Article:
Breathing to Reduce Anxiety & Panic
Have you ever noticed the difference in your breathing when you are feeling stressed versus when you are feeling relaxed?
When you are feeling stressed, anxious, or panicked your breathing becomes shallow, you start taking in shorter breaths, or you may notice that you are even holding your breath at times.
When you are feeling relaxed and calm, like when you are just about to fall asleep, your breathing tends to be slower and deeper.
Breathing slowly and deeply actually sends a signal to your brain that it is time to calm down and unwind, which then causes your body to relax, lowering your heart rate and reducing muscle tension.
This is why breathing exercises that focus on slowing and deepening your breathing are an effective strategy to calm your body and mind, relieve anxiety and stress, and reduce tension.
The great thing about breathing exercises is that they’re easy to learn and you can do them anytime or any place to get some relief. There are different exercises out there and some will work better for you than others, so try them out and see what works best.
Here are five breathing exercises to get you started:
Belly breathing (abdominal breathing)
Sit or lie down in a comfortable position.
Place one hand on your belly and one hand on your chest.
Breathe in through your nose and into your belly, focusing on pushing your hand out without moving your chest. The hand on your chest should remain as still as possible.
Breathe out through your mouth and notice your hand going in, gently pushing your belly inward.
Repeat this at least 10 times or as long as you’d like and notice how you feel.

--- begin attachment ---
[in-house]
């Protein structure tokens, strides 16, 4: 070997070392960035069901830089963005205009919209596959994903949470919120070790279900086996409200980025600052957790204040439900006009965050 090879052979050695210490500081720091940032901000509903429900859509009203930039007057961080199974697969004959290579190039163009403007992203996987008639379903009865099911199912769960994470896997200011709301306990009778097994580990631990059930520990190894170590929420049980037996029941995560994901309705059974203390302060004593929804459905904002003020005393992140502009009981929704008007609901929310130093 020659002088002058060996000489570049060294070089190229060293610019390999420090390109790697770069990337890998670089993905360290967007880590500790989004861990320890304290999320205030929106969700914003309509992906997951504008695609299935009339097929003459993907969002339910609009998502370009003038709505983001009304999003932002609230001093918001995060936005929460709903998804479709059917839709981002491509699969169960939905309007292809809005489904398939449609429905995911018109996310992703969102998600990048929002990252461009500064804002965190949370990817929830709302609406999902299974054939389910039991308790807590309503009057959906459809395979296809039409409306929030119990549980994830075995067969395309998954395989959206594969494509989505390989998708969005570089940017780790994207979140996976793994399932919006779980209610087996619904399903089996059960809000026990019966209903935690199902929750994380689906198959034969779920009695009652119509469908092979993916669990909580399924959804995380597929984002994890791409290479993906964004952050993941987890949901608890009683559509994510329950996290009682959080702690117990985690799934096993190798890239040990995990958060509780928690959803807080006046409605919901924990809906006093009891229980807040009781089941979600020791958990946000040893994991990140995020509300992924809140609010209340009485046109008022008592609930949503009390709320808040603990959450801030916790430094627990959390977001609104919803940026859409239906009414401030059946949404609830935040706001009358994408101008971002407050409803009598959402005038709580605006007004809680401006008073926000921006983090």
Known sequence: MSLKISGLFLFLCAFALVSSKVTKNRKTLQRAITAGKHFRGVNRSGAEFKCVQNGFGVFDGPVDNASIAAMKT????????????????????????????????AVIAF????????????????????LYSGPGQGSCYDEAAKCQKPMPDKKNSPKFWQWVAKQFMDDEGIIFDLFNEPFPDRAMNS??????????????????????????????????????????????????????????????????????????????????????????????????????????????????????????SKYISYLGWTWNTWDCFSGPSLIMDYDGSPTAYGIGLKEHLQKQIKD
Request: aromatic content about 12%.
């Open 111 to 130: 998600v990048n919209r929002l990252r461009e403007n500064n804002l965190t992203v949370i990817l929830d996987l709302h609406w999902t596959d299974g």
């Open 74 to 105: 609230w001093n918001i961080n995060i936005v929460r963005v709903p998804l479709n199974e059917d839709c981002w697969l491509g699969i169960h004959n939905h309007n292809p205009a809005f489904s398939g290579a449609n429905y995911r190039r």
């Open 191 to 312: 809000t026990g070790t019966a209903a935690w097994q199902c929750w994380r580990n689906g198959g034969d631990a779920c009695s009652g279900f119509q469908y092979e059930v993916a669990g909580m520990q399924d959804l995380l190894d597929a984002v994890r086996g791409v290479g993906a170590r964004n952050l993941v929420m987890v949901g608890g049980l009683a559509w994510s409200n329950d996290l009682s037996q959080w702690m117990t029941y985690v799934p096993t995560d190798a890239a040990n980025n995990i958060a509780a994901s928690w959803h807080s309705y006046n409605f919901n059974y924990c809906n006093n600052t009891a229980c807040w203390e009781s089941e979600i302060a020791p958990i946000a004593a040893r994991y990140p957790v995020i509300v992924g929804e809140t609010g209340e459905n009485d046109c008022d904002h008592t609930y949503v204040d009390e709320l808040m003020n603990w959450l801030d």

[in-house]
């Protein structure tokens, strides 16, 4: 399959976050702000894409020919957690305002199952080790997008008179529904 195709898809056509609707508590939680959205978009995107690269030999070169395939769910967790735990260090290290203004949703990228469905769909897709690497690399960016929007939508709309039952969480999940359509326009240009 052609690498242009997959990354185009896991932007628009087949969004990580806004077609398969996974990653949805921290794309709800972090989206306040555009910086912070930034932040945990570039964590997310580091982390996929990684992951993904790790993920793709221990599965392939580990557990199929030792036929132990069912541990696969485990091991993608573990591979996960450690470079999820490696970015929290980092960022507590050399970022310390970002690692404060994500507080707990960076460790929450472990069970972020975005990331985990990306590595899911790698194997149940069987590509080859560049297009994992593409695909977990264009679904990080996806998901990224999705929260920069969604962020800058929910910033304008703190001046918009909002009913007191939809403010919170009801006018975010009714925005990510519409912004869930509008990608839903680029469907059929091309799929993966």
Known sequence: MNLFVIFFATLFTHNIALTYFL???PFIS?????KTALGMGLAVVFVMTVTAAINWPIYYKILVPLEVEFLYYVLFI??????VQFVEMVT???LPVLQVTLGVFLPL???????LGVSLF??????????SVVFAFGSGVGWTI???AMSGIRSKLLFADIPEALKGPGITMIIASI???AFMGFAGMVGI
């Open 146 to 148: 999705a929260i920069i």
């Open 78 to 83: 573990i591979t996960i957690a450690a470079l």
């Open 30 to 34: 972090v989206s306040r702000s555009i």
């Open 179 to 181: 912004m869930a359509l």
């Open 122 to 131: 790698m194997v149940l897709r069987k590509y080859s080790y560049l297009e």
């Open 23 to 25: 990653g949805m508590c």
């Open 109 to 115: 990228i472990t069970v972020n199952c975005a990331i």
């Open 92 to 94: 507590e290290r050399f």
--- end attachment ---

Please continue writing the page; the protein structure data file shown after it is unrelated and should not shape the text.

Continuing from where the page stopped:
Four by four breathing
Inhale slowly to the count of four.
Hold your breath to the count of four.
Exhale slowly to the count of four.
Hold your breath to the count of four.
Repeat the cycle for at least 30 seconds and notice how you feel.
Breathe normally, without trying to control your breath.
Notice how your body moves when you inhale and exhale.
Notice the feeling of the cool air coming into your nose as you inhale, notice the warm air as you exhale.
Stay focused on your breath for at least 30 seconds, or as long as you can. Simply slowing down to focus in on your breath can help pull your attention away from whatever was bothering you and help calm your nervous system down.
Variations: Close your eyes and imagine breathing in a cool color and breathing out a warm color. When you breathe in, say to yourself “calm”. When you breathe out, say to yourself “release.”
Muscle relaxation breathing
Do a thorough scan through your body, starting at the top of your head and moving down your body all the way to your feet. Notice where you are feeling tension.
When you discover an area that feels tense, focus on it as you breathe in deeply, imagining that you are breathing oxygen directly into the muscles.
As you breathe out, focus on relaxing the muscles.
Repeat until you feel tension release.
Move your focus to another area of tension in your body and repeat.
Inhale slowly through your nose to the count of four.
Hold your breath for the count of 7.
Forcefully breathe out through your mouth as if you are blowing up a balloon for the count of 8.
Repeat for several rounds and notice how you feel.
Note: if you get light-headed or dizzy, stop and shorten the length of each breath - for example, try a 3-6-7 count or practice Four by Four breathing described above.
To get the most benefit out of these exercises try practicing them throughout the day, in times when you are feeling anxious or stressed and times when you are not. Try doing an exercise right before bed to help prepare yourself for sleep or first thing in the morning as you prepare for your day.
If you are having a hard time focusing on the exercises and feel like you could use some extra guidance, try a guided breathing meditation. You can easily find these by searching online, on YouTube, or on one of the many meditation apps that are out there.
As you work on your breathing more frequently you begin to train yourself to slow down, be more present, and calm your nervous system down. The more you practice, the more it becomes a part of your routine. And with any practice, it takes time. Be patient with it and know that with persistence you can find the relief you've been looking for.
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If you are interested in more support for anxiety, stress, and panic, feel free to contact me and we can set up a therapy appointment. I’m happy to help.
Call Melanie Lopes, MFT at 415-295-2940 or send me an email.